Tuesday, November 30, 2010

Why I May Move Back to Europe

I enjoy innkeeping. I like life in the USA. It's great to be able to walk at the ocean whenever I feel like it. I really do not want to be obliged to move back to Europe, yet daily news makes me wonder if that option will not soon become the most attractive choice ...

Yesterday, on NECN, I heard about plans for genetically modified apples, apples, which will look appetizing forever. The underside of the introduction of Frankenfruit into our food supply will be that a GMO apple a day may not keep the doctor away. Oh, no, not at all. Consumption of GMO apples will probably send us all running to doctors with major health problems. In France, and in Sweden, two countries with which I am familiar, people buy and consume apples that would have been discarded before leaving an American orchard. Do Americans really demand immaculate fruit or is this another crazy industry idea? I think we need to change this mentality, not modify apples so they look forever fresh. Misshapen fruit is still good to eat.

Not only are GMOs bad for human consumption. They appear to be bad for bees, too. Our food supply needs pollinators if we are to survive. We are all wondering why bees are dying and now here is an article that suggests some scary reasons. Why is no one in our government paying attention?

On Cape Cod, we continue our effort to stop the utility company from spraying herbicides under the power lines. (Read the latest report here.) Once herbicides enter the water supply, they remain in drinking water for generations, and we will all need to buy professional water filters if we intend to remain healthy.

I am stunned that profit and the chimera of a new national source of energy has deluded those in charge of public safety in Pennsylvania and New York, where shale drilling has not been stopped by the public outcry of citizens who have watched the documentary Gasland and realize the decision to inject toxic chemicals into the ground will pollute local drinking water. Pennsylvania's Office of Homeland Security has even put actor/activist Mark Ruffalo on a US terror advisory list. (In an historic vote yesterday, the New York State Assembly enacted a temporary ban on fracking, which will remain in effect until May 15, 2011.)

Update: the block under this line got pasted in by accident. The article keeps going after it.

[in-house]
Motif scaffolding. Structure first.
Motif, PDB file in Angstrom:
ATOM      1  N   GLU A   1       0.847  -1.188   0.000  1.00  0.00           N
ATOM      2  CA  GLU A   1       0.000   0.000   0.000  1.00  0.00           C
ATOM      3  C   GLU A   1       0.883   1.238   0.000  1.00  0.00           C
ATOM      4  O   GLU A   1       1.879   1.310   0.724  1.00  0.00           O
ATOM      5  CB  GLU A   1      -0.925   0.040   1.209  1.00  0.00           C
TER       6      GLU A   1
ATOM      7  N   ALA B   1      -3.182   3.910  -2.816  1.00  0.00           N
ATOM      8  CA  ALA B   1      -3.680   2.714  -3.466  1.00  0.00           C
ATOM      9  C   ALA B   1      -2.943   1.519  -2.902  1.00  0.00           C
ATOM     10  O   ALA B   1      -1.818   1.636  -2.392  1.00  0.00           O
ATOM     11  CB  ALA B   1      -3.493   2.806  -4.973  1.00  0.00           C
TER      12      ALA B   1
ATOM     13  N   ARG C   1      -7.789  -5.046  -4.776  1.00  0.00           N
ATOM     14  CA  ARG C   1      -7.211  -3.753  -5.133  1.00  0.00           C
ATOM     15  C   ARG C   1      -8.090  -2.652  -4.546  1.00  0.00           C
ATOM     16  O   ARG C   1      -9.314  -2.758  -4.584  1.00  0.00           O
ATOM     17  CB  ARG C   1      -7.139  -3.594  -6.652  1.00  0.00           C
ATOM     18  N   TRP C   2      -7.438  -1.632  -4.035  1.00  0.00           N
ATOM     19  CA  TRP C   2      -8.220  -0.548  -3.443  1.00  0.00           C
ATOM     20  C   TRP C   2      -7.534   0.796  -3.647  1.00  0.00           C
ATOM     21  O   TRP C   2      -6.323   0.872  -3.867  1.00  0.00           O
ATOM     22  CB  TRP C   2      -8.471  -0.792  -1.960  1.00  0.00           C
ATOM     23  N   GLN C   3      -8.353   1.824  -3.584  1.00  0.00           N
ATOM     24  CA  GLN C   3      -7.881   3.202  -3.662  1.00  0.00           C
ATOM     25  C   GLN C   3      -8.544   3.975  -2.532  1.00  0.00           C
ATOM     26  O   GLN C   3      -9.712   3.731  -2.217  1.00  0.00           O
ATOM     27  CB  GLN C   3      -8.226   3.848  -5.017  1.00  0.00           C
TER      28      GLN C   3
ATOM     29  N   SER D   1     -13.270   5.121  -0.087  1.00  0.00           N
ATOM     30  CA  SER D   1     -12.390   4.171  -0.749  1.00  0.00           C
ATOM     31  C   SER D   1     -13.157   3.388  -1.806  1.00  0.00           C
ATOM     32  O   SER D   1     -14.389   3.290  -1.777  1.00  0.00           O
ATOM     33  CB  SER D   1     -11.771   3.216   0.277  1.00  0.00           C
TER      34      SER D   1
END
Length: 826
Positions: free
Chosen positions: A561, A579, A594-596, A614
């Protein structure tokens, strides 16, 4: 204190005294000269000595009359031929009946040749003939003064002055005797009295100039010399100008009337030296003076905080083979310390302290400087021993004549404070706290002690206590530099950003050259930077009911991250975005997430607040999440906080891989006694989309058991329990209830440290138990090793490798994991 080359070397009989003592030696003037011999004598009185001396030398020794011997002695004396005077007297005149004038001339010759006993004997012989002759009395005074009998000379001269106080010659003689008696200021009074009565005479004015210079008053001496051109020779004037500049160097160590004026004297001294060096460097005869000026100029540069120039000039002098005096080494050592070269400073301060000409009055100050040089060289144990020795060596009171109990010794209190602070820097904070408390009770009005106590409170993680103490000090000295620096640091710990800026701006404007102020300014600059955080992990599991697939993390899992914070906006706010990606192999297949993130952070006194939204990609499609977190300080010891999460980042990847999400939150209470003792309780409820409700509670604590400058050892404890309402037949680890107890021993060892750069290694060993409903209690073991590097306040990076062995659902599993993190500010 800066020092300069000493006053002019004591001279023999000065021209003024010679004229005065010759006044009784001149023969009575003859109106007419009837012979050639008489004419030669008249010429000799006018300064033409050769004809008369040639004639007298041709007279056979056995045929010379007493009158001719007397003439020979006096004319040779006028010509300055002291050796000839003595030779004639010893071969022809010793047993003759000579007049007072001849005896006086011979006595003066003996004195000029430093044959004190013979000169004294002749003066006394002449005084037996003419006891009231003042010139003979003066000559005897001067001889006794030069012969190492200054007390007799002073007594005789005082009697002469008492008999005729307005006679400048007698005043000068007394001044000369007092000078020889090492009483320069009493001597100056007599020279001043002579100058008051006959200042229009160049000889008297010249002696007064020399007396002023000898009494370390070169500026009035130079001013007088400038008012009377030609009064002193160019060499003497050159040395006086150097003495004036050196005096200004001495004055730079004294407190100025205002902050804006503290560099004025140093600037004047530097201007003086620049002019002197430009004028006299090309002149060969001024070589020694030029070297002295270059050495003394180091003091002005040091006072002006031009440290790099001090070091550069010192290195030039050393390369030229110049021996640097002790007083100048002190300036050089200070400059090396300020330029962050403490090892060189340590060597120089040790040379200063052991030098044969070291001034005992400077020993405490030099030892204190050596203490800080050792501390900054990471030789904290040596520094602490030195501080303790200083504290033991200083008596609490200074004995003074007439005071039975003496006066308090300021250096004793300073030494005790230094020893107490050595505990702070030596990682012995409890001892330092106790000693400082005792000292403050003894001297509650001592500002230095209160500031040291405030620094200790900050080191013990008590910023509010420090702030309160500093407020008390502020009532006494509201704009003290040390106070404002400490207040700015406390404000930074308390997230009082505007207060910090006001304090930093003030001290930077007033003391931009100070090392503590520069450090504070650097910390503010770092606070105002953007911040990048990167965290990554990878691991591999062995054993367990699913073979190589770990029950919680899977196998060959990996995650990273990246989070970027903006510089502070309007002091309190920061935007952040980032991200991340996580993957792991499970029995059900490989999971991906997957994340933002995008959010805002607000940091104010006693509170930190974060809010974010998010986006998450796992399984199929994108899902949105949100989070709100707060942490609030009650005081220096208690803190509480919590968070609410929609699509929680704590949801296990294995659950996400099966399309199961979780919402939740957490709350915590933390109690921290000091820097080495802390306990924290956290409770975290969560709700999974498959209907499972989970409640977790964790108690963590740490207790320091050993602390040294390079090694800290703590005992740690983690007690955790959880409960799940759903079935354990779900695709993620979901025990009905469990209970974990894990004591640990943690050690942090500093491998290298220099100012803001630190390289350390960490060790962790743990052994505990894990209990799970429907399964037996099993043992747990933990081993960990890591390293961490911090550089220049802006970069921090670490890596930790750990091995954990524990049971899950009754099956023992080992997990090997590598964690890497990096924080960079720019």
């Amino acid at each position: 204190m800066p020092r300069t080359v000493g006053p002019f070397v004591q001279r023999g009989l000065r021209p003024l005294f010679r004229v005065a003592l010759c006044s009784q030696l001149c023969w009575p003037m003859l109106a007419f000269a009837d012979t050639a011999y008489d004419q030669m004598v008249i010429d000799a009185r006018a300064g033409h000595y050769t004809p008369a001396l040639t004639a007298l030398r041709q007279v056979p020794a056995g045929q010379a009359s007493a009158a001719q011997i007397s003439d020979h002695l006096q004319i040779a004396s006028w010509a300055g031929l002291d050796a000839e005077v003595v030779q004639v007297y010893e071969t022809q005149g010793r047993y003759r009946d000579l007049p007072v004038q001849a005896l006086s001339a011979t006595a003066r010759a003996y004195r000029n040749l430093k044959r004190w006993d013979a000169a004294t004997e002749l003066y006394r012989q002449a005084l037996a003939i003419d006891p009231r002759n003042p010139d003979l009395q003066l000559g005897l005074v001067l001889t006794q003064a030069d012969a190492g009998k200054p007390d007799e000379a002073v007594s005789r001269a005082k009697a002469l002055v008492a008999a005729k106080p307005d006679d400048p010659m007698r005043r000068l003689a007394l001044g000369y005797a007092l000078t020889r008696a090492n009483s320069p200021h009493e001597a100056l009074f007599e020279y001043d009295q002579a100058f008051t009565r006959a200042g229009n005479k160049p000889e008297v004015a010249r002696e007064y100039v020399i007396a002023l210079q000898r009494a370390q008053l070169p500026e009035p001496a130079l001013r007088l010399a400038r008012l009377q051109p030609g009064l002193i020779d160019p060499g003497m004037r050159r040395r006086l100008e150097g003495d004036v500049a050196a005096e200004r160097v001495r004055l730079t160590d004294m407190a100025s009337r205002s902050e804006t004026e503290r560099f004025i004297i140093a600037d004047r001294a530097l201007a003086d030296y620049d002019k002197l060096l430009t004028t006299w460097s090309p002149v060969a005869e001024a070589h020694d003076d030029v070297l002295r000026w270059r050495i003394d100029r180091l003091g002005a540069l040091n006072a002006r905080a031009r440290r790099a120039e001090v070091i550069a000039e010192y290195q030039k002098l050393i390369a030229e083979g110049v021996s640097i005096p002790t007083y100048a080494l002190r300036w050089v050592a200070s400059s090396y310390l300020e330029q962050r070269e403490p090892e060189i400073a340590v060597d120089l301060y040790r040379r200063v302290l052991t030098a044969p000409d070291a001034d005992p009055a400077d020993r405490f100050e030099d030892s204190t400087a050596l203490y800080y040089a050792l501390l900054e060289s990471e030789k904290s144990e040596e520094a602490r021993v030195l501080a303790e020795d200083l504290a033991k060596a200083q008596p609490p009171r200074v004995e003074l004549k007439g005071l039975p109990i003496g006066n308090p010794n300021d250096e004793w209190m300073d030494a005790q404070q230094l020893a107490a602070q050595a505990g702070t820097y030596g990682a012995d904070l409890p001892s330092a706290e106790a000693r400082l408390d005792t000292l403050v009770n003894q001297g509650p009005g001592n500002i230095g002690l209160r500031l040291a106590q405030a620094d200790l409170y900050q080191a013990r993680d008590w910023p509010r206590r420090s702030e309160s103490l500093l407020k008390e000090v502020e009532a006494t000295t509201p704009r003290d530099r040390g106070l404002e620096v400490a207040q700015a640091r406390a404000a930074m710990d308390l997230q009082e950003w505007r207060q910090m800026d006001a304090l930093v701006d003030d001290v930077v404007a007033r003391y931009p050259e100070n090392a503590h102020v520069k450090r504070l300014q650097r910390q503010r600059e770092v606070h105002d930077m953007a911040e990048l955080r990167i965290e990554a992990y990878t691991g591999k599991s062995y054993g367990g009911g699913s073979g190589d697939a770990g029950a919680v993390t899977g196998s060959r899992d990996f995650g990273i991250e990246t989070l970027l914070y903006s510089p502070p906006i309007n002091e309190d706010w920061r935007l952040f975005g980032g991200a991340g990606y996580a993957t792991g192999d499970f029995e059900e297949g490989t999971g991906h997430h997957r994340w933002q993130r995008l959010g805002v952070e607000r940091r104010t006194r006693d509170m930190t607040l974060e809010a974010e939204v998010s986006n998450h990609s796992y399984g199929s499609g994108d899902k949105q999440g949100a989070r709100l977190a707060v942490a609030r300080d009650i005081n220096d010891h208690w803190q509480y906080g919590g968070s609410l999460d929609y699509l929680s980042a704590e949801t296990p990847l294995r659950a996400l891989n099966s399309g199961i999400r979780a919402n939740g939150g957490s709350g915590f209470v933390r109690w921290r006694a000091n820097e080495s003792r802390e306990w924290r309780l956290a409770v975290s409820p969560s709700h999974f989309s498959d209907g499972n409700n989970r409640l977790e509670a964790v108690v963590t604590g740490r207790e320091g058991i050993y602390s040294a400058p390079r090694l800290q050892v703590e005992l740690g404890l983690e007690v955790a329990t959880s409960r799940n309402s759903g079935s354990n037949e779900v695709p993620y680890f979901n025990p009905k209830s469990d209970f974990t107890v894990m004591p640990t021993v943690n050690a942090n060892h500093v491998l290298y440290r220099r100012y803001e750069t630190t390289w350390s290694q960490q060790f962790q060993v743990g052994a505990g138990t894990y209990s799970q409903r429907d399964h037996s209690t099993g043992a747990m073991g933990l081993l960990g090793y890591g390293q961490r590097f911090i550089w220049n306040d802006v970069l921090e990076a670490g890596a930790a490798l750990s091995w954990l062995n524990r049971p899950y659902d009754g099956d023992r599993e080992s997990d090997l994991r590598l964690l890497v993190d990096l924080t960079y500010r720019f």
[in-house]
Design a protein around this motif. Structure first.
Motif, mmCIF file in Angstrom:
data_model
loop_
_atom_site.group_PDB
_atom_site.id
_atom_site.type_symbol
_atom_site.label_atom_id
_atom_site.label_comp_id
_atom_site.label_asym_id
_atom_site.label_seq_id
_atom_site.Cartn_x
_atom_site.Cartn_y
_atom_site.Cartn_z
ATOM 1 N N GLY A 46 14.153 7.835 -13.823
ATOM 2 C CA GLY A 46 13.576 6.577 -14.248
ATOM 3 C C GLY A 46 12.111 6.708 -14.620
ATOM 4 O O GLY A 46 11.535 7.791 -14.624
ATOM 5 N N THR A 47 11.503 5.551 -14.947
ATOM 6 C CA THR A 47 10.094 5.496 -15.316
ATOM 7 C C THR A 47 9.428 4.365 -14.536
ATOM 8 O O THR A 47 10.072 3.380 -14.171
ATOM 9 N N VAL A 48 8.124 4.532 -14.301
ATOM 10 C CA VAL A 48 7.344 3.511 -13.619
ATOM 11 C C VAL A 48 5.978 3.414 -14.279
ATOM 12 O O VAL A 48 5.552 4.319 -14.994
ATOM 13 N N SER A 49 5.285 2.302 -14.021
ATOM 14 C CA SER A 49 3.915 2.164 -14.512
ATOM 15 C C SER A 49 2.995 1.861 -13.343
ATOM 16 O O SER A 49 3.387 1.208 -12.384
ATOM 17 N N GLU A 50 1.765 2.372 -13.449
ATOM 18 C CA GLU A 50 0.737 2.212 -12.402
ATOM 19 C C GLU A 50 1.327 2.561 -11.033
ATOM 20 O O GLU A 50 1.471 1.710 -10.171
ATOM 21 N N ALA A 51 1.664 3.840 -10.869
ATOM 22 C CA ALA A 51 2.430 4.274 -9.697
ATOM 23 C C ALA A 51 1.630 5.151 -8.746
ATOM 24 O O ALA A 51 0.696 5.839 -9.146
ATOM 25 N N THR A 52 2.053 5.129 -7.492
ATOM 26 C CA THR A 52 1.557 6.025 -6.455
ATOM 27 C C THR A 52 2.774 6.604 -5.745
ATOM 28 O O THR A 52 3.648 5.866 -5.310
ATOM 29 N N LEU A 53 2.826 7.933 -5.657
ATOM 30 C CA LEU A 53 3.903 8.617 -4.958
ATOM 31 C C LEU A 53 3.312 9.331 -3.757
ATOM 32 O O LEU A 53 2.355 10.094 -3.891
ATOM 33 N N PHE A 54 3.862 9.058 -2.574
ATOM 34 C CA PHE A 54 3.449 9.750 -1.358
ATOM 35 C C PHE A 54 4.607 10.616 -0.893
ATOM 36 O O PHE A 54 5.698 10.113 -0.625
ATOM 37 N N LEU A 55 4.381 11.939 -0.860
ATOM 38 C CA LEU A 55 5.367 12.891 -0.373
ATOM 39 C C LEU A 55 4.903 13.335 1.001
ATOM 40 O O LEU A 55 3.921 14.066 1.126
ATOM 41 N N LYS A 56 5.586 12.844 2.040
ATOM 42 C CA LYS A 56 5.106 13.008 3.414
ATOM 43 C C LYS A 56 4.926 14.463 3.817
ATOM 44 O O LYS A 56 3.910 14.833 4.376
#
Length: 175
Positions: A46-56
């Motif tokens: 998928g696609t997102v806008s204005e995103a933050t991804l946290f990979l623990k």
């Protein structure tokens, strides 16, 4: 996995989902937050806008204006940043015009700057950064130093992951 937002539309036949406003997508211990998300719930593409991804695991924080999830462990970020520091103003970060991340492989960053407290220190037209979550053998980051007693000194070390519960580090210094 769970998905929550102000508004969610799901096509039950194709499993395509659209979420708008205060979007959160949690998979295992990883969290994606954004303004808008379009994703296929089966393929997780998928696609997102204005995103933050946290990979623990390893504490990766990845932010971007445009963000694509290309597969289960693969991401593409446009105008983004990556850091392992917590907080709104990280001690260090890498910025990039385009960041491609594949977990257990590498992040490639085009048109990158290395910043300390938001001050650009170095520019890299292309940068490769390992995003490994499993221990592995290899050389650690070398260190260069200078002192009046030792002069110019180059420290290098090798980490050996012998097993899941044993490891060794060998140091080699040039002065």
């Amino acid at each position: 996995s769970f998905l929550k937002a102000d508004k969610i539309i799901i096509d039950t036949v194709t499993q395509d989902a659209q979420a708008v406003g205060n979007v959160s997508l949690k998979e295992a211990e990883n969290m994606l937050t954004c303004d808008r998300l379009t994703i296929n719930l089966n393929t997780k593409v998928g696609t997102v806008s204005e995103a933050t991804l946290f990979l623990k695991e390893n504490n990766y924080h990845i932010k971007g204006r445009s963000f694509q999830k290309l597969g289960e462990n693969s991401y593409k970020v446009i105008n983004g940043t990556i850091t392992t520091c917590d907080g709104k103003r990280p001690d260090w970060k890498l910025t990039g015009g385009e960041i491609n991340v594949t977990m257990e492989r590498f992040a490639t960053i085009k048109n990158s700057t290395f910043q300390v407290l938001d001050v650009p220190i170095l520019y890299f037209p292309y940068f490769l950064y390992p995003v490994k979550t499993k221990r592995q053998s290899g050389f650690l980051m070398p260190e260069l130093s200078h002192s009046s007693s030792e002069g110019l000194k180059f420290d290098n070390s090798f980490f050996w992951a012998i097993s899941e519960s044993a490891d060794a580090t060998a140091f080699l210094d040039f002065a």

In a Yale Environment 360 interview this weekend, endocrine-disruption specialist Frederick vom Saal explains why BPA should be banned and why our government has not yet done so. Government institutions like the FDA and the EPA apparently lumber along, slothlike, and are not flexible enough to embrace research that contradicts antiquated science. Scientists have warned that even trace amounts of toxic chemicals can disrupt a hormone system. Last Thursday the European Union banned BPA in baby bottles. How long will it take for new research to influence current policy in the USA?

I have also been following the debate on the Food Safety bill, or rather, attempting to follow. The vote should take place today. As of last night, the Tester amendment was still in the bill. For those of you who are not familiar with S. 510, get a quick update from Michael Pollan and Eric Scholosser. (11 a.m. Update: S.510 PASSED the Senate 73 to 25 with Tester intact. Next the House has indicated it will accept the Senate version of the legislation. If so, the bill goes to President Obama for signature. Then the rulemaking phase begins where the legislation gets translated into FDA regulations. This is apparently a critical stage to make sure the provisions make it into the on-the-ground regulations.)

Do you care about GMOs and toxic chemicals in the environment? As we struggle to eat local, do you worry about corporate influence on policies that affect the food available for Americans to eat? Do you think I'm crazy to be dreaming today of a nice little inn in the South of France or on the West Coast of Sweden?